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Resolution for Glass-Steagall Filed in Iowa Senate, Marking Six States in January, with Motions for Congress to Act

Jan. 30, 2017 (EIRNS)—Senate Resolution 1 was filed in the upper house of the Iowa legislature on Jan. 19, calling for Congress to re-enact Glass-Steagall. In January so far, five other states have received similar resolutions—Delaware, New Mexico, South Carolina, Virginia, and Washington, with more states expected soon. In two of these states (New Mexico and South Carolina)—the demand for Glass-Steagall is the first of four measures spelled out for economic recovery, along the lines of the "Four Laws" for economic development, issued in 2014 by economist Lyndon LaRouche. On June 30, 2016, the Illinois General Assembly passed a resolution (HR 1092), the "American Recovery Program," with these four critical steps.

Click here for the texts of the six resolutions:

The Iowa resolution was introduced by Sen. Janet Petersen (D), who also will be chairman, this year, of the bi-partisan Midwestern Legislative Conference, a leadership and policy development group. She has introduced Glass-Steagall-support measures in past sessions. Petersen ran unopposed last November, for her next term in the Senate, where she has served since 2013; before that she had served in Iowa’s lower chamber since 2001. She represents the northwestern part of DesMoines, the capital.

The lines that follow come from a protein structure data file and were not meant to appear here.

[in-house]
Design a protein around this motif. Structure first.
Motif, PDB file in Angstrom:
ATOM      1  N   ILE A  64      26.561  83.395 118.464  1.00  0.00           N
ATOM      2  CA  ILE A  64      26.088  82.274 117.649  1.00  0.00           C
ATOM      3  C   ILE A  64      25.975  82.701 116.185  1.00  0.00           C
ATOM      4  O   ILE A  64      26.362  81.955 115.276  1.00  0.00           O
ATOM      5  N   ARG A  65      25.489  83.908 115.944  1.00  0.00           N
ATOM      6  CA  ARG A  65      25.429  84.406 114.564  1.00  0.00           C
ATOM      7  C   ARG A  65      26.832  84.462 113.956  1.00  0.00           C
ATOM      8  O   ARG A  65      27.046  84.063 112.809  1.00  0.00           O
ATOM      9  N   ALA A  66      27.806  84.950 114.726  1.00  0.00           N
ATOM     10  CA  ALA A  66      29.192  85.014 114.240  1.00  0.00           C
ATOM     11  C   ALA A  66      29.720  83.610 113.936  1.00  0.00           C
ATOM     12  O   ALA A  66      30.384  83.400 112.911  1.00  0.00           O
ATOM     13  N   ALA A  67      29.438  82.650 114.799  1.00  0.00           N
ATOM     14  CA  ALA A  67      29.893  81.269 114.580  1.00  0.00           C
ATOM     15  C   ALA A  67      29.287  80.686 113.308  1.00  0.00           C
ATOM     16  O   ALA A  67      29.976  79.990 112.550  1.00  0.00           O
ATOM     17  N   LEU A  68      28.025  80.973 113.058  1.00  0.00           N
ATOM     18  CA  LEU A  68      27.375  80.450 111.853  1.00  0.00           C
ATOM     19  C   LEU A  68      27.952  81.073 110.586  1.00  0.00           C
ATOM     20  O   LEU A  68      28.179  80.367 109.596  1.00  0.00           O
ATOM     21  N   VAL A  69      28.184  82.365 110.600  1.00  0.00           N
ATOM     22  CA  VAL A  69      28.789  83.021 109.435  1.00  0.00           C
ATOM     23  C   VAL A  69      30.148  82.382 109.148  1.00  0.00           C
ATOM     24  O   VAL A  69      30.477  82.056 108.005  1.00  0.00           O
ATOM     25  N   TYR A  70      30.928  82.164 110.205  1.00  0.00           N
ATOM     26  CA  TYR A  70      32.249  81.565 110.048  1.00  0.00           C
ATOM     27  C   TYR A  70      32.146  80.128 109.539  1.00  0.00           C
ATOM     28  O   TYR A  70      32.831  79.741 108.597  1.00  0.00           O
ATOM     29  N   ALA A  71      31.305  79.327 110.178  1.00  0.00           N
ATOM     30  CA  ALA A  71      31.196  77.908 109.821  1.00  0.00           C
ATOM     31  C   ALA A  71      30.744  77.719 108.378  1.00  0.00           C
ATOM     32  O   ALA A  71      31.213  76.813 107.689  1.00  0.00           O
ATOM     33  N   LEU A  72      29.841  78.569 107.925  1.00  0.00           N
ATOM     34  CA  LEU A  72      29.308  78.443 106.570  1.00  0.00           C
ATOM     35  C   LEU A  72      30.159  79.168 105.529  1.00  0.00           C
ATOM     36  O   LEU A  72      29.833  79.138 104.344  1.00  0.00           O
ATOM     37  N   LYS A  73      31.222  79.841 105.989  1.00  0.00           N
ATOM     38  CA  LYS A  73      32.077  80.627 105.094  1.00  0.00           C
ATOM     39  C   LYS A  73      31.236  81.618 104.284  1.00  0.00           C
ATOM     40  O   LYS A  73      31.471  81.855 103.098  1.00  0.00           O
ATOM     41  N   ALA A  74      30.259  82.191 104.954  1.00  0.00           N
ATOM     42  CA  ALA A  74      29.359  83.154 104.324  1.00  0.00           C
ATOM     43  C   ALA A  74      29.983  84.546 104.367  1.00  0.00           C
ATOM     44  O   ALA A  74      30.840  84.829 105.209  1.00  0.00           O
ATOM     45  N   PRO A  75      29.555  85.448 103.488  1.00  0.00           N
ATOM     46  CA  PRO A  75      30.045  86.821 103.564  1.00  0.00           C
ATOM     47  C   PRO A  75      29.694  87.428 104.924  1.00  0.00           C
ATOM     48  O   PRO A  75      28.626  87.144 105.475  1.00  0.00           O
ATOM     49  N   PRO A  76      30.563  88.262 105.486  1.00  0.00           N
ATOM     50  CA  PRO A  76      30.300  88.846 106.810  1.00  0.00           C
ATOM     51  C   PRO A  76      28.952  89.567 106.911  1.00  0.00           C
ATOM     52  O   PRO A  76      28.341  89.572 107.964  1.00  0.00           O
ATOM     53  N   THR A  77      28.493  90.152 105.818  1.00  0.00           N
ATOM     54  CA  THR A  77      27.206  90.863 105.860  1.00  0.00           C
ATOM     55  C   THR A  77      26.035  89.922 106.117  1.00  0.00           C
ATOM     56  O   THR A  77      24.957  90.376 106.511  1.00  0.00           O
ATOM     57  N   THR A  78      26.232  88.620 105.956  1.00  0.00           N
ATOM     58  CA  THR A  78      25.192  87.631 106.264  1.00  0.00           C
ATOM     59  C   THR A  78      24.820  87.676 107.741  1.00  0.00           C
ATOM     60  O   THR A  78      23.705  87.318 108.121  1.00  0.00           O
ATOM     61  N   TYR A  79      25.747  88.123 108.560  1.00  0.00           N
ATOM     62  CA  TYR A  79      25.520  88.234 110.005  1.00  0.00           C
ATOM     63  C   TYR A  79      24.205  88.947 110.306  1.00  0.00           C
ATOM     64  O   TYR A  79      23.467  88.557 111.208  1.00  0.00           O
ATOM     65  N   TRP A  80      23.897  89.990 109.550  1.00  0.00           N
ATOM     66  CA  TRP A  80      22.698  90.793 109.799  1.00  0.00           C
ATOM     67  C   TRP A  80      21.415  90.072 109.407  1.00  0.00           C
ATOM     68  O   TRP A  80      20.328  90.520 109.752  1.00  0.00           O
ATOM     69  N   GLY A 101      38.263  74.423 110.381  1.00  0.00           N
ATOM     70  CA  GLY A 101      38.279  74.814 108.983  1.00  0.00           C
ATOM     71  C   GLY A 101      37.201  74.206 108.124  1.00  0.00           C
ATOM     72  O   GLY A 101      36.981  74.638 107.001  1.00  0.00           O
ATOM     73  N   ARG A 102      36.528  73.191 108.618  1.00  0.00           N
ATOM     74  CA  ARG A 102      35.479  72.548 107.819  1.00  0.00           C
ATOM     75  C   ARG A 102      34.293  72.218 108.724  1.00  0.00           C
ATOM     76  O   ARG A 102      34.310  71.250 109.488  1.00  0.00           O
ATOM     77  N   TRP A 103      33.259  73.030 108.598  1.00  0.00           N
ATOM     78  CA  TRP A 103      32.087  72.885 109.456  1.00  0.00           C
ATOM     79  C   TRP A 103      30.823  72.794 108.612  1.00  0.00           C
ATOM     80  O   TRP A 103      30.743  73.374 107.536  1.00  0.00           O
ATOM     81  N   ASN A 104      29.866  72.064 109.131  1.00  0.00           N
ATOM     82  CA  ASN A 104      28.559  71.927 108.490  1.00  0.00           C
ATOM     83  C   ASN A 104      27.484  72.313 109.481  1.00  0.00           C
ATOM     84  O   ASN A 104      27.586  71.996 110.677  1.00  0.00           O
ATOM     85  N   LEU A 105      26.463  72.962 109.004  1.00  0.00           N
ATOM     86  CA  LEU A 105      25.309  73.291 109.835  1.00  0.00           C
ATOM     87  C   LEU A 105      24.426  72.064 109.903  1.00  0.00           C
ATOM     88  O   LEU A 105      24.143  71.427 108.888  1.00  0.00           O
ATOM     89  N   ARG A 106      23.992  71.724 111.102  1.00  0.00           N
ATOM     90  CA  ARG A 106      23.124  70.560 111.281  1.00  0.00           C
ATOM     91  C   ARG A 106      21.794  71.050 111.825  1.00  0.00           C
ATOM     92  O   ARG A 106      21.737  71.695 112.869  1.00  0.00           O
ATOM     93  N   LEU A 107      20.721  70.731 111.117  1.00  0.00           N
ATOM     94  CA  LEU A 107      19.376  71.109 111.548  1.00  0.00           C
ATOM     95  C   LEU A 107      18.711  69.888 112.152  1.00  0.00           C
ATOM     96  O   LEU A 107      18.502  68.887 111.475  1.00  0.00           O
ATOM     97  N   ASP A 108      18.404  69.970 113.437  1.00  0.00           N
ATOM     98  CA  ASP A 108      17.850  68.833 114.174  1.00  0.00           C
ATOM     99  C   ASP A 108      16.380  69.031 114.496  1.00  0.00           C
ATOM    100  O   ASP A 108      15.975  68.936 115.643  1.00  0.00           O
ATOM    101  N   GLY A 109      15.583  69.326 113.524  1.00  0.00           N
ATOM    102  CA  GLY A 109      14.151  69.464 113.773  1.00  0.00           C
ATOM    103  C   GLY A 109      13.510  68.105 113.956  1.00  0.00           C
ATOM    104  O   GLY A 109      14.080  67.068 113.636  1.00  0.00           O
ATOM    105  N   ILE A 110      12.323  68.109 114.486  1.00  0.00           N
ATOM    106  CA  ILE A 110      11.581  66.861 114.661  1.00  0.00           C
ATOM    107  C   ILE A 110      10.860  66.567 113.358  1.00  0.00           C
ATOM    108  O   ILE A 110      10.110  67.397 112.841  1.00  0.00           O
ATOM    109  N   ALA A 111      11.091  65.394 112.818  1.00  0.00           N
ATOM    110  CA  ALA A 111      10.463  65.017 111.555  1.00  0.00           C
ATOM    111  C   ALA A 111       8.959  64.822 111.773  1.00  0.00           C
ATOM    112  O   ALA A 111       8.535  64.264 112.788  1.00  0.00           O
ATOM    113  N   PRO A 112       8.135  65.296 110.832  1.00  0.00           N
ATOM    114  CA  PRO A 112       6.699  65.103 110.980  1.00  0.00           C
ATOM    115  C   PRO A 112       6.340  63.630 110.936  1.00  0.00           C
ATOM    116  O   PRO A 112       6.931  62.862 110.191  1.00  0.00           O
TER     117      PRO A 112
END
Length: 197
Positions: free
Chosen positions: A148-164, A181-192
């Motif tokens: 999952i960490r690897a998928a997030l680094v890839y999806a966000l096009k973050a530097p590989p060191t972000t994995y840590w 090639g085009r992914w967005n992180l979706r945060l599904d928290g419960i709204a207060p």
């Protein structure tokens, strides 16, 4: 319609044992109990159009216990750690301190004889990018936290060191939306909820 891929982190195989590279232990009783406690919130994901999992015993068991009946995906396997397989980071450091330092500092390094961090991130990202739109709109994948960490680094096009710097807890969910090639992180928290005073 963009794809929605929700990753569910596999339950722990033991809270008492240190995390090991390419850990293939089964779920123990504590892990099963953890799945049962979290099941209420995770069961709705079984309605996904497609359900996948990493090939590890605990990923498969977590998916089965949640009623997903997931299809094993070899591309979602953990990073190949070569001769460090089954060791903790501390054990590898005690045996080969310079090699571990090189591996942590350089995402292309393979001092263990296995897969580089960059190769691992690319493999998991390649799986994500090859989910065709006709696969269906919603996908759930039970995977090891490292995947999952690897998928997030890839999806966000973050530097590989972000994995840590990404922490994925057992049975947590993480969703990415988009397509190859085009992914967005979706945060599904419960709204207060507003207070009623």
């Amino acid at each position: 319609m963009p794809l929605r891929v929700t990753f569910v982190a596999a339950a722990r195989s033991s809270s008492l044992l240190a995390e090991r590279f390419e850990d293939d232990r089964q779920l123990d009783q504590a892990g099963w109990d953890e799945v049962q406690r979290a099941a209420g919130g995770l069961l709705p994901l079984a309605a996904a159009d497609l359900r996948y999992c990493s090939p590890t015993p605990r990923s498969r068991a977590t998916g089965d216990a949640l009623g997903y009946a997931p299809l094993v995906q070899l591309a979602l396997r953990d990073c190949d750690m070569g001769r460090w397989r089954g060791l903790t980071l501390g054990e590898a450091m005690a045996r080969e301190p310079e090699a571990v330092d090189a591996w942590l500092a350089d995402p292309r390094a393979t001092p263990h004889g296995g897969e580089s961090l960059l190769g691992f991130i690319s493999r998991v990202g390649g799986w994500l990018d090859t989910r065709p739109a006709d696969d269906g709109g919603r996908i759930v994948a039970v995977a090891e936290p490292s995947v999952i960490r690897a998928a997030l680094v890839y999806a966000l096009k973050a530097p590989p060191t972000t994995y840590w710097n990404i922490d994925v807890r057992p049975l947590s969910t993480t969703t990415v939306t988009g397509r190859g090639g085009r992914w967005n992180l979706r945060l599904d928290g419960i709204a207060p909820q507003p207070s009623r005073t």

The call in Iowa—the first primary state—for re-instating Glass-Steagall, was strongly put forward last Spring by former Gov. Martin O’Malley, whose demand was carried by the DesMoines Register in March 2016. Headlined, "Prevent Another Crash, Reform Wall Street," O’Malley’s article stated, "The most serious structural reform we can make is reinstating the 1933 Glass-Steagall Act that kept commercial banks separate from investment banks... If that law hadn’t been repealed in 1999, the crash would have been contained." His candidacy was then jettisoned by the Clinton DNC apparatus, for which Bernie Sanders became the contrived "also-ran."

Iowa S.R. 1, after nine "whereas" clauses, calls for the "Congress and the President of the United States to enact legislation that would reinstate the separation of commercial and investment banking functions in effect under the Glass-Steagall Act...."